If you start the refill at the 75% full point it will take 62 minutes to refill, assuming you aren't using any water at the time, if you are using water, of course it will take longer. 25% of 1,500 gallons is 375 gallons, which is what a small household without irrigation might use per day, so your pump would cycle once a day. The reason why we don't allow the tank to go all the way to empty before starting to re-fill, is for instance assume your 1,500 gallon tank was down to the point the submersible pump layed on it's side was starting to suck air thru a whirlpool effect. You might have 8" of water left in the bottom of the tank, and you would be filling at 6 GPM, what if your lawn sprinklers came on at that time and they required 20 GPM, they would over use what was left in your tank and the well pump couldn't keep up. Think of it as a buffer, it allows you to use water at whatever flow rate you need without worrying about running out.

    Rancher

  11. #11

    Default

    The solution is pretty elemental, build a sealed flow inducer sleeve, it slips over the pump...with 4 or 6" pipe that causes the water to be drawn from the bottom. Cut 'V's" in the bottom for the water to pass. This solves your other issue of motor overheating, and now its standing upright. A cycle stop valve wont stop upthrust on start up, and will not allow the motor to be laid down.

    I would rather abandon the last foot of storage, or use a multi stage booster outside the tank.

  12. #12
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    How?

    Rancher
    As soon as the pump turns on, the CSV will be holding the pump back which would eliminate upthrust. Upthrust happens when the pump can get more water than it needs with a high water level environment. The impellers actually move up instead of the normal downward motion. The pumps I sell have upthrust prevention built in, so it's no big deal. You can prevent upthrust by using a simple valve if need be.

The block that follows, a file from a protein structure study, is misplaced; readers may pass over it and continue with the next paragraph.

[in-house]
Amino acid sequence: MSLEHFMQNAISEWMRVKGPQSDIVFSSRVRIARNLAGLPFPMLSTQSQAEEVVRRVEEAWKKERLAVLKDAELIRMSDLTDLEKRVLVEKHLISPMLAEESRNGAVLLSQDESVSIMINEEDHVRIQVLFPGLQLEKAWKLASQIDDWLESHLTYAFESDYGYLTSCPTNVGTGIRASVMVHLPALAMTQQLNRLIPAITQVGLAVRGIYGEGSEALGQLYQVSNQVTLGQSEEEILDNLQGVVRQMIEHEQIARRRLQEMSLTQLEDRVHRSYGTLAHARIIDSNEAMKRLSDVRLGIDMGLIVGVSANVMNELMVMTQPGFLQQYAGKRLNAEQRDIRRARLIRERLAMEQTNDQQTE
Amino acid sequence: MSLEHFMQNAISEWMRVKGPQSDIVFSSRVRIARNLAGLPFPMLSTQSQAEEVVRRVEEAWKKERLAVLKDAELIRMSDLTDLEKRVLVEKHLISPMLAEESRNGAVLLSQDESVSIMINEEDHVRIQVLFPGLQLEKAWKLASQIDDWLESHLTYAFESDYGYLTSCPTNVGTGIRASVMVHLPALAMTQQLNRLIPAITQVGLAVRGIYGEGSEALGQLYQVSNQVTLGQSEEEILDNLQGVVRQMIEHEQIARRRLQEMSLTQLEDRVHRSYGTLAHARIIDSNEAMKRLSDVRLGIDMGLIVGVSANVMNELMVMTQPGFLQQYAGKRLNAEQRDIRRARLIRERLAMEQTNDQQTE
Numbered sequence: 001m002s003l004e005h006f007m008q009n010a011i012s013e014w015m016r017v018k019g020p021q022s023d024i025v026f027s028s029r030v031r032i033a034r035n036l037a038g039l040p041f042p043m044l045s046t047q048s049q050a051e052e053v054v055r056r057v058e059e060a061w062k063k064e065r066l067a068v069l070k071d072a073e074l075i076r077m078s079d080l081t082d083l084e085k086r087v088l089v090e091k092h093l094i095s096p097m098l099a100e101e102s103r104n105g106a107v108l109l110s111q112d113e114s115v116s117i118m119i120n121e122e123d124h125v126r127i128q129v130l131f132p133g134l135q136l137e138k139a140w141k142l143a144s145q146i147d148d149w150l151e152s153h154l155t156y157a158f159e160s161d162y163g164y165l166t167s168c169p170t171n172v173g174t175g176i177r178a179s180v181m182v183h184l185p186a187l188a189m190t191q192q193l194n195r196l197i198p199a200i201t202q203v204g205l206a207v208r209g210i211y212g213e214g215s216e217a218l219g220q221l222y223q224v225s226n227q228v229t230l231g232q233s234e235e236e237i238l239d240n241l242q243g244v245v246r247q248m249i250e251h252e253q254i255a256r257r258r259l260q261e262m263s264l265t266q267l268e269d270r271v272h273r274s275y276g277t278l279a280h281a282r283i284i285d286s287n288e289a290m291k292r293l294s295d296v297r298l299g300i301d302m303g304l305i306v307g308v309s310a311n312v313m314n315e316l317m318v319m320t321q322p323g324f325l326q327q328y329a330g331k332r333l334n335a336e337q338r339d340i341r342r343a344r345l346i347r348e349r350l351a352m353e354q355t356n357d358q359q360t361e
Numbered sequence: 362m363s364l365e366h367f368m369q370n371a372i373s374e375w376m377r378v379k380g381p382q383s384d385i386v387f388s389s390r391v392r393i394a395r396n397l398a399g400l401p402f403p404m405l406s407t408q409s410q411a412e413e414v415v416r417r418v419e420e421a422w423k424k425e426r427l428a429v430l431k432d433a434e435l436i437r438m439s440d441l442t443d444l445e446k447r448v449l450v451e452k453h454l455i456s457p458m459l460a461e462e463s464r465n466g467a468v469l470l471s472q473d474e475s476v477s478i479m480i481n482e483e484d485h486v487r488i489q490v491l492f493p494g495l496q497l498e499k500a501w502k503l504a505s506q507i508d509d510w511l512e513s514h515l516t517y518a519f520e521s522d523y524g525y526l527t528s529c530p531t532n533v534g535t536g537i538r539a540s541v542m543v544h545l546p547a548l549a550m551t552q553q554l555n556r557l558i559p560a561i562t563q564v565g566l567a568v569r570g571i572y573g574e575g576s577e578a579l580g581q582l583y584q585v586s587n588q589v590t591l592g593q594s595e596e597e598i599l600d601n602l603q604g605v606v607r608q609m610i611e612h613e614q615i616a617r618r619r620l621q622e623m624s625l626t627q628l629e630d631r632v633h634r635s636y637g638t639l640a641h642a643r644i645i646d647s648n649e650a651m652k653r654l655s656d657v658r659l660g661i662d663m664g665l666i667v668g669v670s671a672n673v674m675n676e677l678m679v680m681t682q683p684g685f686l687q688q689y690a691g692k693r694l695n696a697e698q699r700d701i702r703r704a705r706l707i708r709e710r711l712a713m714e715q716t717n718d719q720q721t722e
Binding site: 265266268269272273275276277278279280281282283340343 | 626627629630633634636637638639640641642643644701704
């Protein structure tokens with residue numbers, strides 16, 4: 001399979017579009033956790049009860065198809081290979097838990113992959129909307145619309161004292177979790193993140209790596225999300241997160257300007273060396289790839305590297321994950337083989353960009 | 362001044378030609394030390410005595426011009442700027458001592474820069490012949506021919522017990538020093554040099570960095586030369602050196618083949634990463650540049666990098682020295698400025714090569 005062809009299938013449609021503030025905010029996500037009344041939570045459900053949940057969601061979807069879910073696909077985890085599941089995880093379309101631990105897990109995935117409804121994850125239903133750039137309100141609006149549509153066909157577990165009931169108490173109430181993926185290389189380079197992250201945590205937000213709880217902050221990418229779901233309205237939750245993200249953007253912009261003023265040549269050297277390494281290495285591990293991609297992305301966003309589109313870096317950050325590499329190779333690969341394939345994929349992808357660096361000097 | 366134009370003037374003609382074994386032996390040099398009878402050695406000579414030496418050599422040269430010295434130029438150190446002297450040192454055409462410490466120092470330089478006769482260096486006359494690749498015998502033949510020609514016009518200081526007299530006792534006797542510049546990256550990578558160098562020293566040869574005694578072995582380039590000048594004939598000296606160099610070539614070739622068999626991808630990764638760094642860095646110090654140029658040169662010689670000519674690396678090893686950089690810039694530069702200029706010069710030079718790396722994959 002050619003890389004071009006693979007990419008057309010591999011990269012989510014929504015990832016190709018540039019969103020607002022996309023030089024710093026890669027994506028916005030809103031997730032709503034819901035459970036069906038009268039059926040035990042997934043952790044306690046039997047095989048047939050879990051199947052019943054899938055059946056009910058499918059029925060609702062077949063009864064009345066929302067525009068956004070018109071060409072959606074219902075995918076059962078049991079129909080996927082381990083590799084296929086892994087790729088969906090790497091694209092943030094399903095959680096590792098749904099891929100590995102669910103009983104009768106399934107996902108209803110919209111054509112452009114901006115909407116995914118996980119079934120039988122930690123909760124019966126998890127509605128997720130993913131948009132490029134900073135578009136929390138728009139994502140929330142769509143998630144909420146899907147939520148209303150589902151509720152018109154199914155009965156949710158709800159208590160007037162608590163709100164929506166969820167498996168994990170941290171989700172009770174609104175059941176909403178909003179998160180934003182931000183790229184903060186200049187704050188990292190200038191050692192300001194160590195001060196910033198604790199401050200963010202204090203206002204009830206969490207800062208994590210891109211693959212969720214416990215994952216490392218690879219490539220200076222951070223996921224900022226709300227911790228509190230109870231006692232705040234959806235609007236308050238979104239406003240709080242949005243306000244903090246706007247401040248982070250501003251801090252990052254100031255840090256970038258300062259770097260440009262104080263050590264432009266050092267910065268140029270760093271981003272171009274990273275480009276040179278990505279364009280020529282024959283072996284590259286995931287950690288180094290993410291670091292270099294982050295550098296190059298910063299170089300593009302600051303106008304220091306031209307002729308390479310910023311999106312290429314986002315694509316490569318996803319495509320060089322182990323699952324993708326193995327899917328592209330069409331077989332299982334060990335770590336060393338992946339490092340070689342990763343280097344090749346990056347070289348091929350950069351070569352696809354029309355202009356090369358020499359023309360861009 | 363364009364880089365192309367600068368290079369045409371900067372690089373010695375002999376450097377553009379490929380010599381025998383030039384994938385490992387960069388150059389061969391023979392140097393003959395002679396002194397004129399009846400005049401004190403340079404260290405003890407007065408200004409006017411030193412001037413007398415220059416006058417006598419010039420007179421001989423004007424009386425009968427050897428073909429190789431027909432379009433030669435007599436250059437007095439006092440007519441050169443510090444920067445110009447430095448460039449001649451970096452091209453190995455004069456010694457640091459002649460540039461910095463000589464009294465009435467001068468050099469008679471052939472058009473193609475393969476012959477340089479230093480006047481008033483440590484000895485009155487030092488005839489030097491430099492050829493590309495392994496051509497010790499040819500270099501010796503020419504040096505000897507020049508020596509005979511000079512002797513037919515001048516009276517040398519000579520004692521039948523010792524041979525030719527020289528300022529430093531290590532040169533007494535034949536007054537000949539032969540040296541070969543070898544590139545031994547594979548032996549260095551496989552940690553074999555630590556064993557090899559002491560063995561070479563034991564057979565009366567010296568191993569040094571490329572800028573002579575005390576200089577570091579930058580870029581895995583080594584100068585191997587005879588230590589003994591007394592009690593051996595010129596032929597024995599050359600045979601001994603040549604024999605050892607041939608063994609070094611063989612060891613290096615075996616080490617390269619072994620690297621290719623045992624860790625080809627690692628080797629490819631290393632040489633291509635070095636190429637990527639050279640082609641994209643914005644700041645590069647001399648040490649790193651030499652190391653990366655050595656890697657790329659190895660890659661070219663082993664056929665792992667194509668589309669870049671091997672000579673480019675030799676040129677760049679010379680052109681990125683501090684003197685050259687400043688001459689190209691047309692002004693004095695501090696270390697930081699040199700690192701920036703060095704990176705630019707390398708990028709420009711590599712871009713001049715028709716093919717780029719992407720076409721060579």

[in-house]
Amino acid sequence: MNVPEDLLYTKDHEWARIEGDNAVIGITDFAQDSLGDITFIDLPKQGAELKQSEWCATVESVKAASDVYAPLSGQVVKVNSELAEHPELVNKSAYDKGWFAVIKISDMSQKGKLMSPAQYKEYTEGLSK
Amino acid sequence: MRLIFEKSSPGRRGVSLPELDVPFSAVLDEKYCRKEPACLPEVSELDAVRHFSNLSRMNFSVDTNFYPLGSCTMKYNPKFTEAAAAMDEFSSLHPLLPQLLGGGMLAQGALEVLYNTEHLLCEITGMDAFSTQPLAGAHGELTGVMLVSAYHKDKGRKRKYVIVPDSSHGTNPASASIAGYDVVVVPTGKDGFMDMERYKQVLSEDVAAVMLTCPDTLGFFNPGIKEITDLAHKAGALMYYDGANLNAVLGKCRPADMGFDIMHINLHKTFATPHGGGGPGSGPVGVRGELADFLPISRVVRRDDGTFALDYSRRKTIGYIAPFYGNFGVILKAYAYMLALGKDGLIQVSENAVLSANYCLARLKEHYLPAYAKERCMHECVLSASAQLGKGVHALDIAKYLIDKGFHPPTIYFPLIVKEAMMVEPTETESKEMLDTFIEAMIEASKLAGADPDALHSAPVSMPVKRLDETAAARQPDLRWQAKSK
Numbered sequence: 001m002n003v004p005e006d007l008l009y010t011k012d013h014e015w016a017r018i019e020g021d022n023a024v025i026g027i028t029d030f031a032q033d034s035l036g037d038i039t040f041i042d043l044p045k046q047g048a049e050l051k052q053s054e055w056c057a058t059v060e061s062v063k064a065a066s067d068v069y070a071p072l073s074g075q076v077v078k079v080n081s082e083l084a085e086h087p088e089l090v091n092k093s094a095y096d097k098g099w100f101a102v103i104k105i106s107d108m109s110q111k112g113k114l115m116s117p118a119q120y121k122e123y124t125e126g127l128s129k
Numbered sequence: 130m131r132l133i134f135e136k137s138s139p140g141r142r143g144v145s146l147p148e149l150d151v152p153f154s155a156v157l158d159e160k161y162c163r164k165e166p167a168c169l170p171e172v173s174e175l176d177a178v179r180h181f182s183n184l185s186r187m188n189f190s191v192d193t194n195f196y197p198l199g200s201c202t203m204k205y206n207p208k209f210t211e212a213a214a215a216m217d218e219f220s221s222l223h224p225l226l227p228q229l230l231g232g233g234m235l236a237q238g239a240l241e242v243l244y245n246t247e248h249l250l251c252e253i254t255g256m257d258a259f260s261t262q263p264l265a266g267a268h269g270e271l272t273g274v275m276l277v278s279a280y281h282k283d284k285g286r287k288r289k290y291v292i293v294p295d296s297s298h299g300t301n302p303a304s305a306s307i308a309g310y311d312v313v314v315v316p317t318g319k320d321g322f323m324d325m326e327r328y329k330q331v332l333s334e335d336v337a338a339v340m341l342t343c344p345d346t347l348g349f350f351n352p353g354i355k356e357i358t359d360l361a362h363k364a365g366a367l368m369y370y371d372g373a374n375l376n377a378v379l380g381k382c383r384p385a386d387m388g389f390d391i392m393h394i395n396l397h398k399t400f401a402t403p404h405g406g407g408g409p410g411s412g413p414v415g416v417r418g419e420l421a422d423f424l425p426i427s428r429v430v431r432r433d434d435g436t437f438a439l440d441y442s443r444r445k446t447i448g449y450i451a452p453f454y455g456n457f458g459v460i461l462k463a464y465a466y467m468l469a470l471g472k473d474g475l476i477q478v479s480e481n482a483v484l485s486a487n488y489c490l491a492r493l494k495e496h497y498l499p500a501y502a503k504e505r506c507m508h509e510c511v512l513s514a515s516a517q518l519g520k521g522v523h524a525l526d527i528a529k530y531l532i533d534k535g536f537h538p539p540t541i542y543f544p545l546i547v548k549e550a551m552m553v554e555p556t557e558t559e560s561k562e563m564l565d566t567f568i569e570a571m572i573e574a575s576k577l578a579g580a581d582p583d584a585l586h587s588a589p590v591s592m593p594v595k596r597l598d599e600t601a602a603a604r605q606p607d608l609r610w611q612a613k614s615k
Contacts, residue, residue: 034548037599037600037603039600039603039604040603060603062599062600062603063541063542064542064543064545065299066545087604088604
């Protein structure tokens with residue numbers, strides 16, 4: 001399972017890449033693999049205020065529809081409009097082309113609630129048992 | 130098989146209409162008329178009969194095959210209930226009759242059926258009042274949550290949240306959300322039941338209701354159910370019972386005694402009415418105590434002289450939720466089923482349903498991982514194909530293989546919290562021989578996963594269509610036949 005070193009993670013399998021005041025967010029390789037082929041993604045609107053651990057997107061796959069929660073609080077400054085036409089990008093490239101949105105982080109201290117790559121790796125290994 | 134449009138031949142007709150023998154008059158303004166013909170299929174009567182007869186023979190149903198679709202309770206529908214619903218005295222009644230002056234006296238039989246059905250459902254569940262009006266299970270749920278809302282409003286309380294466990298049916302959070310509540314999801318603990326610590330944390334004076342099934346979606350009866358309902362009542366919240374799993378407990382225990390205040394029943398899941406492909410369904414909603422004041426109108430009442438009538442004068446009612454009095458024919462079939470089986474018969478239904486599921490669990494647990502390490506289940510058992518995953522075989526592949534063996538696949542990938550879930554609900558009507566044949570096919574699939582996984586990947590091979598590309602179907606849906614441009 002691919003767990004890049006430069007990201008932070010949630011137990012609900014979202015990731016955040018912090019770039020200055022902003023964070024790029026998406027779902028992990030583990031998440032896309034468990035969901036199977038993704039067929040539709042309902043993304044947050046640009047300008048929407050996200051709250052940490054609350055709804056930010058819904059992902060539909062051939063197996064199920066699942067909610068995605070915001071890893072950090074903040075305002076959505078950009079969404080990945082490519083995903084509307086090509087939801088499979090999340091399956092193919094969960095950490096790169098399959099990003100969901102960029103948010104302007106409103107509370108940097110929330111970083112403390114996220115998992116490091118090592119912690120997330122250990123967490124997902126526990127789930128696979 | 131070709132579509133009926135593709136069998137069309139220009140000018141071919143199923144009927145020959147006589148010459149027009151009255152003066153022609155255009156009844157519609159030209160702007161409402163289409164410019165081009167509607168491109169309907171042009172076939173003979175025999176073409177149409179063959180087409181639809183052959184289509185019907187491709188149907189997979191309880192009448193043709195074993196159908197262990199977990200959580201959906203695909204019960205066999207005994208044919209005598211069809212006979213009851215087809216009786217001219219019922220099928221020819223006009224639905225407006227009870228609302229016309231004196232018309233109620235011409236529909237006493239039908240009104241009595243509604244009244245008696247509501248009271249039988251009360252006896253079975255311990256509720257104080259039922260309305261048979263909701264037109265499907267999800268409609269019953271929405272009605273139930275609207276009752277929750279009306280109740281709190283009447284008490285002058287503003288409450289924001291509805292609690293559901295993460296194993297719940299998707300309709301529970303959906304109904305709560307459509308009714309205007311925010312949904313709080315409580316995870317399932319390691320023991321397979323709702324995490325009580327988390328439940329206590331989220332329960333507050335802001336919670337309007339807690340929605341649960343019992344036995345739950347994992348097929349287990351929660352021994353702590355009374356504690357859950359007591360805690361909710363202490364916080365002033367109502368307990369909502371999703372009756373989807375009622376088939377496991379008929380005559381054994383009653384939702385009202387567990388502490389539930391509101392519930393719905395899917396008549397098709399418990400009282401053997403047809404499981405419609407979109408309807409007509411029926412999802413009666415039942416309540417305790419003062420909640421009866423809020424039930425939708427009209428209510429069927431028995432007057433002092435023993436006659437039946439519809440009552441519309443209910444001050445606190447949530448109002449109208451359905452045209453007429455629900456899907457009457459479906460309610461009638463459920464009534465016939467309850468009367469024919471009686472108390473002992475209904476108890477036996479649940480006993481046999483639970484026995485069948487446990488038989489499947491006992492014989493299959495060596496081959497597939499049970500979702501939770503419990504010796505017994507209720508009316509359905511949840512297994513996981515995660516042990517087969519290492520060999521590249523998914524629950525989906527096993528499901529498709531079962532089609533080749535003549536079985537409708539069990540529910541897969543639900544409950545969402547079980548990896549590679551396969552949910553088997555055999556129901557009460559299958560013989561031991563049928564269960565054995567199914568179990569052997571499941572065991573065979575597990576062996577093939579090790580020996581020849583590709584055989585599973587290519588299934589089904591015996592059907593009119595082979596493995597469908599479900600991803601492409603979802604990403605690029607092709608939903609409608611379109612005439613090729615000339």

bob...

  13. #13

    Default electric float value

    I haven't picked one out yet because I wanted one that would allow draw down on tank of at least 25%. Also is the pump tech best way to shut off pump supplying water to holding tank if well runs out of water? Thanks. No pressure tank on this system.

  14. #14

    Default submersible pump

    [QUOTE=Raucina]The solution is pretty elemental, build a sealed flow inducer sleeve, it slips over the pump...with 4 or 6" pipe that causes the water to be drawn from the bottom. Cut 'V's" in the bottom for the water to pass. This solves your other issue of motor overheating, and now its standing upright. A cycle stop valve wont stop upthrust on start up, and will not allow the motor to be laid down.

    I would rather abandon the last foot of storage, or use a multi stage booster outside the tank.[what do you mean by a multistage booster? would this replace the submersible pump?/QUOTE]

  15. #15
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    You can get 25% with most tanks or you can spread out the on/off settings of the pressure switch to get the same result. But I still say go with a small 42 gallon equivalent tank and a CSV. Problem solved.

    bob...